- Founded by Luitzen Brouwer (1881-1966), intuitionism is
the mathematical philosophy that the proper objects of
mathematics are given in intuitions.
- Given as such, the objects of mathematics require no justification
or foundations. Thus, intuitionists reject logicism and formalism.
- Brouwer and most other intuitionists believe that only some
mathematical objects are directly given, however. All others must
be constructed clearly out of given objects, or they must be rejected.
- Intuitionists deny, for example, the principle of the excluded
middle (the principle that P or not-P is true for any mathematical
or logical sentence P). Their reasoning is that if I show that I
cannot show P, I have not shown not-P; this requires a separate proof.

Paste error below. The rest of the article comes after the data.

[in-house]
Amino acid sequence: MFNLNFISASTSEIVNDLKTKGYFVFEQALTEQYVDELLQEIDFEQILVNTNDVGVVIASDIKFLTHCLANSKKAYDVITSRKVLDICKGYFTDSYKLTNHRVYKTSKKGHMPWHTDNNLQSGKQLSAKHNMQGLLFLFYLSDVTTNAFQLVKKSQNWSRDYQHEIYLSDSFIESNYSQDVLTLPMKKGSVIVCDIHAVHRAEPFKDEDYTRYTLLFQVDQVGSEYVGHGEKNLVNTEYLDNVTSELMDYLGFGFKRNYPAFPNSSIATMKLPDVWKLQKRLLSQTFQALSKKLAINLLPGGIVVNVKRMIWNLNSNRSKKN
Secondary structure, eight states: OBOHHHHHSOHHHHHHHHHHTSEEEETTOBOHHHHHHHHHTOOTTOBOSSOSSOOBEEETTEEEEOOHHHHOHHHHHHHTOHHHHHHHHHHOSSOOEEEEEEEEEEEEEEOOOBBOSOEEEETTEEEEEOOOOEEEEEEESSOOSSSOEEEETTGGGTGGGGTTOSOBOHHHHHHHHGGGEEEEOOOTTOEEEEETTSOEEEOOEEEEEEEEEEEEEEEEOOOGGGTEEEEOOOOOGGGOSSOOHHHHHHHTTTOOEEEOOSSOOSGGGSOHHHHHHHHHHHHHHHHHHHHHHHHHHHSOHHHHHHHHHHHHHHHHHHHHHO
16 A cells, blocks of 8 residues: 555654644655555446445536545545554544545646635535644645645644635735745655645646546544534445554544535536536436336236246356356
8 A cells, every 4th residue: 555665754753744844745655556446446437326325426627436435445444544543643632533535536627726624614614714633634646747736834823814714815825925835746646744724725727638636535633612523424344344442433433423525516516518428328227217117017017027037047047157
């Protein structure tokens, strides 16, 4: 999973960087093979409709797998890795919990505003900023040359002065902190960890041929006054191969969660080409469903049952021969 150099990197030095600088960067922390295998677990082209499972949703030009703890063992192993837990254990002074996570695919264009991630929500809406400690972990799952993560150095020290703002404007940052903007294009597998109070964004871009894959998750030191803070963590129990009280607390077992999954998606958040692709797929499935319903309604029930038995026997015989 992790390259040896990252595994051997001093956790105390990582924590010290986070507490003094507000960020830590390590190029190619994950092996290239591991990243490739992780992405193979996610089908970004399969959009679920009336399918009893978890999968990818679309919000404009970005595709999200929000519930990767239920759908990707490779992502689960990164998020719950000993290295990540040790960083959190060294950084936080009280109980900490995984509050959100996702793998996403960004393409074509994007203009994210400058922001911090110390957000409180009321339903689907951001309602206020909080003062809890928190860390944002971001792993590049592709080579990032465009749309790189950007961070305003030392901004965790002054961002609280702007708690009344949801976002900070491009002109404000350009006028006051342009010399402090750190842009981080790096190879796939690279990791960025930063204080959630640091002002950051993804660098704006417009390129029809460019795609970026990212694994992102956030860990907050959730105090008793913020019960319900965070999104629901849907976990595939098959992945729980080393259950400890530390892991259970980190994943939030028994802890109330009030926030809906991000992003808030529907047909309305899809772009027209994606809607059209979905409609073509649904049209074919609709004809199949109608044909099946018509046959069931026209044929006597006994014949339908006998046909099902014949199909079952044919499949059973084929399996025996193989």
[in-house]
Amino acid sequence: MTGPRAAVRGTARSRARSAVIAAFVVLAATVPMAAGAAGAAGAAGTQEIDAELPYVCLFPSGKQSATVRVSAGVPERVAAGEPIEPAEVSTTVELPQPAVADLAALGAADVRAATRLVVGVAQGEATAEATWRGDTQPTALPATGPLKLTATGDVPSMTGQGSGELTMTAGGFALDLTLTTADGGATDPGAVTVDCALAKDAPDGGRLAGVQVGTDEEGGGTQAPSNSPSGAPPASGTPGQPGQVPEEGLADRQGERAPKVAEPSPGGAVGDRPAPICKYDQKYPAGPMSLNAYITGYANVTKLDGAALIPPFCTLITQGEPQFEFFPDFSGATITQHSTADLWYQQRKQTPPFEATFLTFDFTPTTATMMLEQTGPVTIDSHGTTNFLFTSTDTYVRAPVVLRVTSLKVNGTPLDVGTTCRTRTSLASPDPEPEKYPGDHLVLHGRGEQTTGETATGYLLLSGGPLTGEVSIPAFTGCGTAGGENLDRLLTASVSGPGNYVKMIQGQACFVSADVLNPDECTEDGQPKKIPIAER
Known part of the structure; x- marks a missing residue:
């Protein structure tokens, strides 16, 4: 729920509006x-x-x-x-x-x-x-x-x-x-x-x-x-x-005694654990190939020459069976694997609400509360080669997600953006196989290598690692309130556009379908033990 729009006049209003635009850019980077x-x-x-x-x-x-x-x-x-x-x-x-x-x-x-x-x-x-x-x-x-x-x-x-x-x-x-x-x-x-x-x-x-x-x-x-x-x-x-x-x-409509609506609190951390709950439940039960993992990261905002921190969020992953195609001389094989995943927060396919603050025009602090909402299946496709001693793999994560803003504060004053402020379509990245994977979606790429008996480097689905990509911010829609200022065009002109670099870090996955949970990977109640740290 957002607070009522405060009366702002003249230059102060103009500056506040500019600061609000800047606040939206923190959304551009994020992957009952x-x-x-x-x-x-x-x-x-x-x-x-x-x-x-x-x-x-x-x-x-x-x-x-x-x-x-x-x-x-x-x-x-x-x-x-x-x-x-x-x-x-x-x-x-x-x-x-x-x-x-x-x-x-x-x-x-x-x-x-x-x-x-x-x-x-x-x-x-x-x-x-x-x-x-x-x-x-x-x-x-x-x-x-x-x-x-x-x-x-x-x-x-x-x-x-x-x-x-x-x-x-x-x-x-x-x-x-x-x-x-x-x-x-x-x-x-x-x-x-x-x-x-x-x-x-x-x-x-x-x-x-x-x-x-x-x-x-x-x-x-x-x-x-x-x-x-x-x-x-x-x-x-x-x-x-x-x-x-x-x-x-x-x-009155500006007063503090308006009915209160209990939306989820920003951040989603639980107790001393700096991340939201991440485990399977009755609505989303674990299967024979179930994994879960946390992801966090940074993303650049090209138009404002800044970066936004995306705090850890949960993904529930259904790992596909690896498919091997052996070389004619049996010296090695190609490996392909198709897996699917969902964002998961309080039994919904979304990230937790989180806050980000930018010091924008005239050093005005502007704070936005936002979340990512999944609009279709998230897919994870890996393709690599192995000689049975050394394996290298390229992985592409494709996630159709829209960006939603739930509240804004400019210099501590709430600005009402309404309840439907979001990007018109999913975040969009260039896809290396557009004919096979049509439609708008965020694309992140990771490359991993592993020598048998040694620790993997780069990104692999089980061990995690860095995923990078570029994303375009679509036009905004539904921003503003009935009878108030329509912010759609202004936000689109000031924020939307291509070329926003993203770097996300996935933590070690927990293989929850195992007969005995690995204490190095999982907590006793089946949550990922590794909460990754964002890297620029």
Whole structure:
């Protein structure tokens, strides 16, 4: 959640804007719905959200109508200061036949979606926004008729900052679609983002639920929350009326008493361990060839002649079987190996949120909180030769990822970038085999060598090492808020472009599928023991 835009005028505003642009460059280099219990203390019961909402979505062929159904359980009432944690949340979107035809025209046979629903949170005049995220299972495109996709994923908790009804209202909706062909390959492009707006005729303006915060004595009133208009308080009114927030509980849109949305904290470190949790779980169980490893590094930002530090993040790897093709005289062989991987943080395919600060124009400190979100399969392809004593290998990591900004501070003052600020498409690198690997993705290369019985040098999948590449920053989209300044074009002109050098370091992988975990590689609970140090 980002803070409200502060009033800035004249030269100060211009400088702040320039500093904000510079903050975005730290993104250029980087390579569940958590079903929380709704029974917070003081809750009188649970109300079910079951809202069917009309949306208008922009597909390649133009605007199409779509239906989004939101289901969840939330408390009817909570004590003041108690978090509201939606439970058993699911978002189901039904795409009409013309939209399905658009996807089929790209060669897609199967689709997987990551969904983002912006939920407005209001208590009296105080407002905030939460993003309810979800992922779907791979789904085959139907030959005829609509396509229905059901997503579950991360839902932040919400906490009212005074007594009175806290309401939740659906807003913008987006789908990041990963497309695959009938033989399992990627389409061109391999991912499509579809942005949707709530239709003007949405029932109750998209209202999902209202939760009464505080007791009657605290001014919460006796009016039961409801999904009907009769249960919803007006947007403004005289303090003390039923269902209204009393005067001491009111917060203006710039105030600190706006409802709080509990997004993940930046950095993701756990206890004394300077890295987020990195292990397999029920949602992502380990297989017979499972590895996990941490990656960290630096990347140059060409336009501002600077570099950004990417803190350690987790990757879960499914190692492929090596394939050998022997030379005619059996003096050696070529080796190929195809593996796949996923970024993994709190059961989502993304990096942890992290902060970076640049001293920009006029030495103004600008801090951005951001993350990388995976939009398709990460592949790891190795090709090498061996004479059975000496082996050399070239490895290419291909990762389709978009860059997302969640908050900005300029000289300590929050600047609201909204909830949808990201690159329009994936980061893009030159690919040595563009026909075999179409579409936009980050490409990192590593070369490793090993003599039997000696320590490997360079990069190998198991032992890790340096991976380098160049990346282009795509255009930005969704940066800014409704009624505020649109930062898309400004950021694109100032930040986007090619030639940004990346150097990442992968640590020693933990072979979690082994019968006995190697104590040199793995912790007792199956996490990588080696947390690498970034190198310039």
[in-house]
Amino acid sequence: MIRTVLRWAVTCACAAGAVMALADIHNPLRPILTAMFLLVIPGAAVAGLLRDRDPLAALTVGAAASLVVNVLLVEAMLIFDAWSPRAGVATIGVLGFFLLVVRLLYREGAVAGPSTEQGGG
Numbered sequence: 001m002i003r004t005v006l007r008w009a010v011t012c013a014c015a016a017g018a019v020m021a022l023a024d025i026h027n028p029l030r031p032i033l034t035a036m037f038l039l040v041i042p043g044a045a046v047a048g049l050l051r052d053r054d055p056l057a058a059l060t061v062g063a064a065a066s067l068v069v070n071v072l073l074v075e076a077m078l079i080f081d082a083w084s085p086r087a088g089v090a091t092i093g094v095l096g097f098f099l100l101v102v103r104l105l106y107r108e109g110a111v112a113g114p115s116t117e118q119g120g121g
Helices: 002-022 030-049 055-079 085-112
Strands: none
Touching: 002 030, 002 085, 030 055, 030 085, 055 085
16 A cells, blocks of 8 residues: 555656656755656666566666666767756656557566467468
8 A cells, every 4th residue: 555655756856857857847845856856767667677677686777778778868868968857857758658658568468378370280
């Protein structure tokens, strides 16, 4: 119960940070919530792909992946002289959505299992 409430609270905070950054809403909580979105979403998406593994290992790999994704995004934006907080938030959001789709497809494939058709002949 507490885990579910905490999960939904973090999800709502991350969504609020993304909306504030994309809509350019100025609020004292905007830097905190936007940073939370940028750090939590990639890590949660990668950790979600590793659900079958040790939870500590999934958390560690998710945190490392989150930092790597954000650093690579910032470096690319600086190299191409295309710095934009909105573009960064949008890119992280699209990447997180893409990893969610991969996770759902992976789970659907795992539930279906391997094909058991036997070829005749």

- For this reason, intuitionists are often very similar in
approach to the more recent demands that some make for
"constructive proofs" -- that is, a constructive proof is
typically one that does not use a reductio ad absurdum, but
"constructs" the thing to be shown with a direct proof of some
kind. But it is important to note still that one can be
inclined to favor or even require constructive proofs without
being an intuitionist.
Comparing views on Infinity
- Logicists: infinite collections are acceptable, although sometimes
they are proposed as hypotheticals.
- Formalists: infinite collections are acceptable if we can prove
our reasoning about them is consistent.
- Intuitionists: reference to infinite collections is to be
avoided, but we can refer to unbounded collections when we
show some property is true of any arbitrary element (for
example). Consider the construction of the natural numbers:
we show that for any n there is an n+1 element.